War College

67 things you might want to know before the bombs drop

These countries cheer Rumsfeld's march into the desert, as well as fork over millions of dollars to buy U.S.-made fighter jets and munitions. Hurrah! Theological field of thought concerned with the end of the world or of humankind. Mostly applied to Christian End Times theories. Many fundamentalist Christians view Iraq as the "whore of Babylon" (Revelations 17: 1-6) and think its defeat (Isaiah 13: 19-22) is a necessary precursor to the Second Coming of Christ. See you in hell. See also ABRAHAM.Remember? See also CRIME RATE (RISING), ECONOMY (COLLAPSING), EMPLOYMENT (FALLING), HEALTH CARE (YEAH, RIGHT) INFRASTRUCTURE (DECAYING) and POLITICS OF DISTRACTION (YES, SIR!). The Pentagon's favorite euphemism for killing innocent civilians first used during press briefings leading up to and during the first Persian Gulf War. Before Desert Storm brought weeks of intense U.S. aerial bombardment to Iraq, General Norman Schwarzkopf and Chairman of the Joint Chiefs Colin Powell asserted that U.S. "smart" weaponry would minimize harm to innocent Iraqi civilians. But after the war, the Pentagon acknowledged that, of the 142,000 tons of bombs dropped on Iraq and Kuwait, only 8 percent were "smart." A United Nations fact-finding mission reported the air war caused "near apocalyptic" conditions in the Iraqi countryside and said that it had reduced "a rather highly urbanized and mechanized society . . . to a pre-industrial age." The U.S. Census Bureau calculated that Desert Storm killed 145,000 Iraqis, only 40,000 of whom were soldiers and 100,000 of whom were civilians that perished in the chaos that occurred within a year of the war. Years later, the United Nations Food & Agriculture Organization added to the tally of "collateral damage" more than 500,000 dead Iraqi children, most of whom died in an epidemic of preventable diseases. See also CASUALTIES. Quaint liberal town north of Orange County where City Council member Sandy Baldonado spearheaded passage of what some call a "symbolic" resolution (Mayor Paul Held calls it an "empty gesture") against the federal Patriot Act. The resolution—similar ones have been adopted—was originally supposed to urge city employees to resist participating in federal law-enforcement action premised on the terms of the Patriot Act. The final resolution, more broadly worded, expresses "concern" over some provisions of the act. Council members left intact several additional measures concerning local education and information-gathering practices and have basically said no thanks to Bush's usurpation of civil liberties. See also PATRIOT ACT II. A prominent person who loudly advocates war but who skipped the chance to put himself in harm's way when he was eligible to serve in combat. The current administration and its most vocal supporters pushing for another war against Iraq is an impressive aviary of chickenhawks.

The New Hampshire Gazettemaintains an online chickenhawk database (, which may help give some much-needed perspective the next time you hear the bellicose rhetoric of Dick Cheney (five deferments during Vietnam, says he "had other priorities"), House majority leader Tom Delay (says he wanted to join up for Vietnam but "minorities" had filled all the available positions so he had to stay home), or Rush Limbaugh (couldn't go mano a mano with the Vietcong due to an outbreak of anal cysts). Even more chickenhawk information can be found at, a site set up to examine the mysterious unexcused absence from the National Guard of our current commander in chief from May 1972 to October 1973, during his term of service. See also BUSH, GEORGE W.A big-time administration chickenhawk, Cheney wasn't always so desirous of dumping Hussein. Even as late as 1996, Cheney was still justifying his view to PBS's Frontline that U.S. forces were right to leave Hussein in power: "Now, you can say, well, you should have gone to Baghdad and gotten Saddam, [but] I don't think so. I think if we had done that, we would have been bogged down there for a very long period of time with the real possibility we might not have succeeded." See also CHICKENHAWK. The World Health Organization estimates "as many as 500,000 [Iraqis] could require treatment to a greater or lesser degree as a result of direct or indirect injuries." Of that number, 400,000 are projected as indirect casualties because "the outbreak of diseases in epidemic if not pandemic proportions is very likely." According to UNICEF, "It is estimated that nutritional status of some 3.03 million persons countrywide will be dire, and they will require therapeutic feeding. This consists of 2.03 million severely and moderately malnourished children under five and 1 million pregnant and lactating women." Thirty percent of Iraqi children under the age of five "would be at risk of death from malnutrition." According to the UN High Commissioner for Refugees, "It is estimated that there will eventually be some 900,000 Iraqi refugees requiring assistance, of which 100,000 will be in need of immediate assistance." The document reports that despite requests to the United States, the U.K. and other western governments for emergency aid in case of war, "no funds have been made available to any agencies to date." "Likely Humanitarian Scenarios" is available at See also COLLATERAL DAMAGE.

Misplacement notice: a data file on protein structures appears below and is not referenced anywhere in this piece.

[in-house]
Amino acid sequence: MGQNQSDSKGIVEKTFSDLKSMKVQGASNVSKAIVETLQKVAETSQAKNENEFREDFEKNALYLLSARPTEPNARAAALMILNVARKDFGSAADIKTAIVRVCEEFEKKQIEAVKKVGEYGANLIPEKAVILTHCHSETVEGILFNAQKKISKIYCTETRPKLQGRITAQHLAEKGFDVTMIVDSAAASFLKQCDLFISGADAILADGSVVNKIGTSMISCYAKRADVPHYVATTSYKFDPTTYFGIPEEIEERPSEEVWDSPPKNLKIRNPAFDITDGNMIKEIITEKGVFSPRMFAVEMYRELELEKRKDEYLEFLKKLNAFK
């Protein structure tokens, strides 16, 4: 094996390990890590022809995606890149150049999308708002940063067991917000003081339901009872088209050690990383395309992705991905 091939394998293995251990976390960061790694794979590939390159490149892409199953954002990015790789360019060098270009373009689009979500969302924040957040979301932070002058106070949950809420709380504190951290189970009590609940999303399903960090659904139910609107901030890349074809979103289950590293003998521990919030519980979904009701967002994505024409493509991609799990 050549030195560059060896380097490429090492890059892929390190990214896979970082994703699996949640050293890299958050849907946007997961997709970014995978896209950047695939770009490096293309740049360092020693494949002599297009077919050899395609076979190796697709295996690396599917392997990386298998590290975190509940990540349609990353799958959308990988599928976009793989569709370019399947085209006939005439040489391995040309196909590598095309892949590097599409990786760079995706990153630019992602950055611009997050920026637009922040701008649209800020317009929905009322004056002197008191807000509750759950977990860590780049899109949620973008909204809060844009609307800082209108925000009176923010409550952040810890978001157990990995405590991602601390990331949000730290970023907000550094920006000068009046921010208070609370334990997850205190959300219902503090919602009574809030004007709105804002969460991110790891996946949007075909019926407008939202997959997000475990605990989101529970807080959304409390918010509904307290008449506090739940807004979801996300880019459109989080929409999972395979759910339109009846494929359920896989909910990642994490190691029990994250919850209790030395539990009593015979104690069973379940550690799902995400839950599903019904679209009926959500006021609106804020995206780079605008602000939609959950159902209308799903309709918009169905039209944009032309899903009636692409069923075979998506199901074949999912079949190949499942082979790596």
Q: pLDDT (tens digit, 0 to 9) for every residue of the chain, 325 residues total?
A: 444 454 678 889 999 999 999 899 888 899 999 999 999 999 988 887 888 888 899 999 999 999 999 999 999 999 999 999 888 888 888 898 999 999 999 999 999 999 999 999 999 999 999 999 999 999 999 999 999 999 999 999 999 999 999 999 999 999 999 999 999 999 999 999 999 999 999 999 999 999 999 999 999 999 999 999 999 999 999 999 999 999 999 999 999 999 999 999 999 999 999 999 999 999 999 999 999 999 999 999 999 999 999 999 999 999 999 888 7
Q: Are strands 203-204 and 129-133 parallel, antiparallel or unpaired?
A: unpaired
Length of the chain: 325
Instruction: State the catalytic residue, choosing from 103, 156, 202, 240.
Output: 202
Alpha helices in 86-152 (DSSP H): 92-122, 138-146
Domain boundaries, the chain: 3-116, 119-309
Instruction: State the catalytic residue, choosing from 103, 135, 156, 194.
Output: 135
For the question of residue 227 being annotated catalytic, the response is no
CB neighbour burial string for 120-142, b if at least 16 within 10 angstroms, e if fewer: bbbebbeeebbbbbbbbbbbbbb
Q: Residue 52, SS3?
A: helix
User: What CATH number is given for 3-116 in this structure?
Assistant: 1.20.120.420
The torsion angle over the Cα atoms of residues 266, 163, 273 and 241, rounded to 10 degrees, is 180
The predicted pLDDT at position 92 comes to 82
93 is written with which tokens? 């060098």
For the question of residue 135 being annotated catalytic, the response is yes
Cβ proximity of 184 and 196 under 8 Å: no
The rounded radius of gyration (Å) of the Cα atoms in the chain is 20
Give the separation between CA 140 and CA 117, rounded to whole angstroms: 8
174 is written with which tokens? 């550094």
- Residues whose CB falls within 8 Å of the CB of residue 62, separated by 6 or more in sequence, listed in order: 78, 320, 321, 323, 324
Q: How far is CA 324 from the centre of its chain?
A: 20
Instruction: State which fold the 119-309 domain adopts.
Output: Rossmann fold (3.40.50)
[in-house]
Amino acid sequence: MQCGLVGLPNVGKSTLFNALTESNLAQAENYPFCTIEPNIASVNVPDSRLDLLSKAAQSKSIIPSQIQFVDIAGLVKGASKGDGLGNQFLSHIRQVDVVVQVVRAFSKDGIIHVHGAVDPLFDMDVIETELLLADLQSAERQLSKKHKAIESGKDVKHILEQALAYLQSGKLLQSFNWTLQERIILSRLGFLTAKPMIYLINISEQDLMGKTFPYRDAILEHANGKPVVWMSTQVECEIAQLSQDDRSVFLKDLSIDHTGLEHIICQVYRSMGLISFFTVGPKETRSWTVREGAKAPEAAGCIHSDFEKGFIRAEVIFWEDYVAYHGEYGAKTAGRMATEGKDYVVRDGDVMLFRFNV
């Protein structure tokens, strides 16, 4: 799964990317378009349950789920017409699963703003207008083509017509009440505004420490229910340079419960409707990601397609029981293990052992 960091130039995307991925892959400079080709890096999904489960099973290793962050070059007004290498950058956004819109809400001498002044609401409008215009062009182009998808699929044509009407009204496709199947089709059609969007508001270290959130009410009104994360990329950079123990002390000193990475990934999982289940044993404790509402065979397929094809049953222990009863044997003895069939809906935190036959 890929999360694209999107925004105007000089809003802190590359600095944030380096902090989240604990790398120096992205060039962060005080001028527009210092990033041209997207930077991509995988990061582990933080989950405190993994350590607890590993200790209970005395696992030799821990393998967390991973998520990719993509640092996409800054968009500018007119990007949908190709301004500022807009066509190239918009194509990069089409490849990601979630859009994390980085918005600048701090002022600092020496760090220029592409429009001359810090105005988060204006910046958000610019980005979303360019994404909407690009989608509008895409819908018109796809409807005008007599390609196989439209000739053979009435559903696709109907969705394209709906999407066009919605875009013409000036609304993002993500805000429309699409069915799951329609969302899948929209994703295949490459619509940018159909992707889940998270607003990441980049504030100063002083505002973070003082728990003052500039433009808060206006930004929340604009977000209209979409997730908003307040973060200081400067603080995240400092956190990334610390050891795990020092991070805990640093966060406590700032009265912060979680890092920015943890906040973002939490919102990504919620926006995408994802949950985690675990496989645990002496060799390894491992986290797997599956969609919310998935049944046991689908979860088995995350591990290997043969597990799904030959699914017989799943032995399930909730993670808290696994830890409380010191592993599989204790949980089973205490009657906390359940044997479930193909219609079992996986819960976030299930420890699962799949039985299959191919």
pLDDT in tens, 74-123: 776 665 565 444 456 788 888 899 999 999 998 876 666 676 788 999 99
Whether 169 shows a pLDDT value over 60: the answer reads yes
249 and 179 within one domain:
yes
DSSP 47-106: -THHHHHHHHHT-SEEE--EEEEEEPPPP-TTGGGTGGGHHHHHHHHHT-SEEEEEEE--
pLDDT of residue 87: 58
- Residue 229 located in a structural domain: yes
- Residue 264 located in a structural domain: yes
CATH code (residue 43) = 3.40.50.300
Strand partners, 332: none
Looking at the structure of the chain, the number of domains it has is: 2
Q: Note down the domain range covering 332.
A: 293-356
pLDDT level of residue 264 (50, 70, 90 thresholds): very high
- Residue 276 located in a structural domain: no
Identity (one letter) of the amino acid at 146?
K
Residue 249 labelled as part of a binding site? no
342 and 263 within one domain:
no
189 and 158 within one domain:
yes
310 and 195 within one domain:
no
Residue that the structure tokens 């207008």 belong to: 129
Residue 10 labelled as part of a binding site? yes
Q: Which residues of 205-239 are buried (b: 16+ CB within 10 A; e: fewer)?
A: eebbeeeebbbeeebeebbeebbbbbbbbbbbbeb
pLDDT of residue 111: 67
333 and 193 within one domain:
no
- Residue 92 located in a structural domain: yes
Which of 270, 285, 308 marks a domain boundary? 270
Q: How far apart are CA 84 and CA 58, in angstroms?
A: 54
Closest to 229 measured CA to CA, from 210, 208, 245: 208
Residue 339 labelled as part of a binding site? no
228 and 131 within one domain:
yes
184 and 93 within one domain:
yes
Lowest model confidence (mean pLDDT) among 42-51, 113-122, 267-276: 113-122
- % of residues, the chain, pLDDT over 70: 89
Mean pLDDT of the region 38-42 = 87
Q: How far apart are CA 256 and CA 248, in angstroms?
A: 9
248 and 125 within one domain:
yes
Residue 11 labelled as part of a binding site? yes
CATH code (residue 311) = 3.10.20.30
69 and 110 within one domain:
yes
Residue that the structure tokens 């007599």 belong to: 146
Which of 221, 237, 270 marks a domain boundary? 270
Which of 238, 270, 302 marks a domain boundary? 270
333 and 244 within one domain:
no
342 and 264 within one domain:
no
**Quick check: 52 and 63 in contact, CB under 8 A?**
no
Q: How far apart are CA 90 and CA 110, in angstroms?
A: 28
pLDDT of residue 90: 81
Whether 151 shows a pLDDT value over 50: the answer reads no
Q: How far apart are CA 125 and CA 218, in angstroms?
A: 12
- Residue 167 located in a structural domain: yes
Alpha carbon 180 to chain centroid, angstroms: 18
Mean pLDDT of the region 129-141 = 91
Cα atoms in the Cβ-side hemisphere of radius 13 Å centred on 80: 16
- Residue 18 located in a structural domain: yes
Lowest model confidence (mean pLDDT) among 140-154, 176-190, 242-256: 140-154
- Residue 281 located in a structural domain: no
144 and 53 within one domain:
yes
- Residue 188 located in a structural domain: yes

When he was a young man of draft age in 1970, facing induction and possible deployment to Vietnam, the patriotic and hawkish Bush joined not the U.S. Army or Air Force, but the Texas Air National Guard. During his four-year enlistment, the son of then-Congressman George H.W. Bush served just 68 days on active duty, flying obsolete F-102 interceptors in defense of the Gulf of Mexico. In fact, records show it is likely the future commander in chief was absent without leave (AWOL) during his last two years of service. From May 1, 1972, to April 30, 1973, Bush was actually in Alabama, working on a U.S. Senate campaign. In theory, Bush was part of the 9921st Air Reserve Squadron of the Alabama Air National Guard—a paper command that had no aircraft or pilots and met just one weeknight per month—but the future president's request to get transferred to that all-but-nonexistent unit never went through. Military personnel records obtained by numerous newspapers and researchers during the 2000 presidential election make clear Bush likely never returned to active duty until his 1974 discharge. See also CHICKENHAWK. America's blood supply, already at such a seriously low level that some parts of the country have less than a one-day supply, may be stretched to dangerous levels if a war in Iraq proves to be bloody. A Red Cross official explains that many American service personnel are ineligible to donate blood because they may have been exposed to Mad Cow disease while stationed in Western Europe. With a reduced pool of military donors, the Red Cross may have to ask civilians for more blood, blood they haven't been providing over the past few months. Densely populated capital of Iraq. Of the country's 24 million people, 4.8 million live here. The city's principal economic activity is oil refining, but just about all of the country's industries are based here. Baghdad has several museums, numerous archaeological sites and three universities, the largest of which is the University of Baghdad, founded in 1958. The city itself was founded on the west bank of the Tigris River in 762 by the Abbasid caliph Mansur. Under the caliph Harun al-Rashid, Baghdad became one of the greatest cities of Islam, home to many scholars, artists and poets. In 1638, Baghdad became part of the Ottoman Empire, and after being "liberated" by British forces, it became the capital of the newly constituted kingdom of Iraq in 1920. In 1958, a coup in Baghdad ousted King Faisal and led to the birth of the Iraqi republic. During the bloody Iran-Iraq war, Baghdad became a dreary place constantly under threat of attack. But the city's darkest days occurred after Iraq invaded Kuwait, when U.S. warplanes reduced much of Baghdad to rubble. The U.S. is about half the size of Russia, slightly larger than China and about two and a half times the size of Western Europe. Iraq is slightly more than twice the size of Idaho. During much of the Iran-Iraq war, U.S. Department of Commerce officials granted export licenses to numerous U.S. companies to sell anthrax, bubonic plague and various insecticides to Baghdad. These licenses, including one allowing Dow Chemical to sell Iraq $1.5 million worth of pesticides, came despite warnings that the agents were intended for Iraq's active chemical-warfare program. The exports continued even after news that Saddam Hussein was bombing Kurdish villages in northern Iraq with nerve gas. Lyrics to the song were composed by progressive poet Katherine Lee Bates, a lesbian who had a decades-long, live-in relationship with economist Katharine Coman. Both women were professors at Wellesley College, and both were active in reform movements involving workers rights, the inner-city poor and women's right to vote. The book that presented the new lyrics to Great Britain's "God Save the Queen" was called America the Beautiful and Other Poems, and those "other poems" included several that excoriated the United States for its imperialistic policies in the Philippines. Most words beginning with "al"—such as "algebra"—date back to medieval Arabic and are now a big un-American no-no. Just as anti-German hysteria swept the U.S. in 1917 (when Americans renamed hamburger and sauerkraut), it's possible we'll soon see the final prohibition of alcohol—the word, not the hooch. First mass-distilled by Arabs in potent proofs called alembics, alcohol may disappear with "alfalfa," "Aladdin" (who has already been replaced by an Asian actor at Disney's California Adventure), "albacore" tuna, "alchemy," Al Sharpton and, sadly, Al Green. Father of Islam, Judaism and Christianity. According to the Bible, Abraham came from Ur, which is located in present-day Iraq. Hey, Godboy, Abraham was Iraqi. See also ESCHATOLOGY.